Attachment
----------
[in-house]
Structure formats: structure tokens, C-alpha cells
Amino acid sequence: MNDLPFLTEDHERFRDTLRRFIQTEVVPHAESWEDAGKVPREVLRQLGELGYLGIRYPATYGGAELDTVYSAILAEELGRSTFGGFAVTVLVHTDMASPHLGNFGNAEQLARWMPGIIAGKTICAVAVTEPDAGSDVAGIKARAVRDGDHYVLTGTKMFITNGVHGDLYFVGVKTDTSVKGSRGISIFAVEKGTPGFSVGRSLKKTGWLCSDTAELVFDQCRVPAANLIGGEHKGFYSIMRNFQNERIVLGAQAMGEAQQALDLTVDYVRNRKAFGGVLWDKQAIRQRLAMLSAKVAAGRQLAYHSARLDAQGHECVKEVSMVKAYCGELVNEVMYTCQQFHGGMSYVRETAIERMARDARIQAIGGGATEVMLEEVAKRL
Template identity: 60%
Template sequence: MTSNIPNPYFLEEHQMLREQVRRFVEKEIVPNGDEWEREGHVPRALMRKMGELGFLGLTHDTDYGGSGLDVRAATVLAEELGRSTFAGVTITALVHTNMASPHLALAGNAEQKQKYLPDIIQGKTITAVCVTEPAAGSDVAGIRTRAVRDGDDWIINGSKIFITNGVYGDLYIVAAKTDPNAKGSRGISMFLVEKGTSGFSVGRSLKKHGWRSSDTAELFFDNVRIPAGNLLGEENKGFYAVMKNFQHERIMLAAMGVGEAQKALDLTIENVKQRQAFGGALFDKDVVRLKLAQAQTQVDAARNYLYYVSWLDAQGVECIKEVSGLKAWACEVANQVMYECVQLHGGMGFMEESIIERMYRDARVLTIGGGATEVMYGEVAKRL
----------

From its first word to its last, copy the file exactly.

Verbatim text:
[in-house]
Structure formats: structure tokens, C-alpha cells
Amino acid sequence: MNDLPFLTEDHERFRDTLRRFIQTEVVPHAESWEDAGKVPREVLRQLGELGYLGIRYPATYGGAELDTVYSAILAEELGRSTFGGFAVTVLVHTDMASPHLGNFGNAEQLARWMPGIIAGKTICAVAVTEPDAGSDVAGIKARAVRDGDHYVLTGTKMFITNGVHGDLYFVGVKTDTSVKGSRGISIFAVEKGTPGFSVGRSLKKTGWLCSDTAELVFDQCRVPAANLIGGEHKGFYSIMRNFQNERIVLGAQAMGEAQQALDLTVDYVRNRKAFGGVLWDKQAIRQRLAMLSAKVAAGRQLAYHSARLDAQGHECVKEVSMVKAYCGELVNEVMYTCQQFHGGMSYVRETAIERMARDARIQAIGGGATEVMLEEVAKRL
Template identity: 60%
Template sequence: MTSNIPNPYFLEEHQMLREQVRRFVEKEIVPNGDEWEREGHVPRALMRKMGELGFLGLTHDTDYGGSGLDVRAATVLAEELGRSTFAGVTITALVHTNMASPHLALAGNAEQKQKYLPDIIQGKTITAVCVTEPAAGSDVAGIRTRAVRDGDDWIINGSKIFITNGVYGDLYIVAAKTDPNAKGSRGISMFLVEKGTSGFSVGRSLKKHGWRSSDTAELFFDNVRIPAGNLLGEENKGFYAVMKNFQHERIMLAAMGVGEAQKALDLTIENVKQRQAFGGALFDKDVVRLKLAQAQTQVDAARNYLYYVSWLDAQGVECIKEVSGLKAWACEVANQVMYECVQLHGGMGFMEESIIERMYRDARVLTIGGGATEVMYGEVAKRL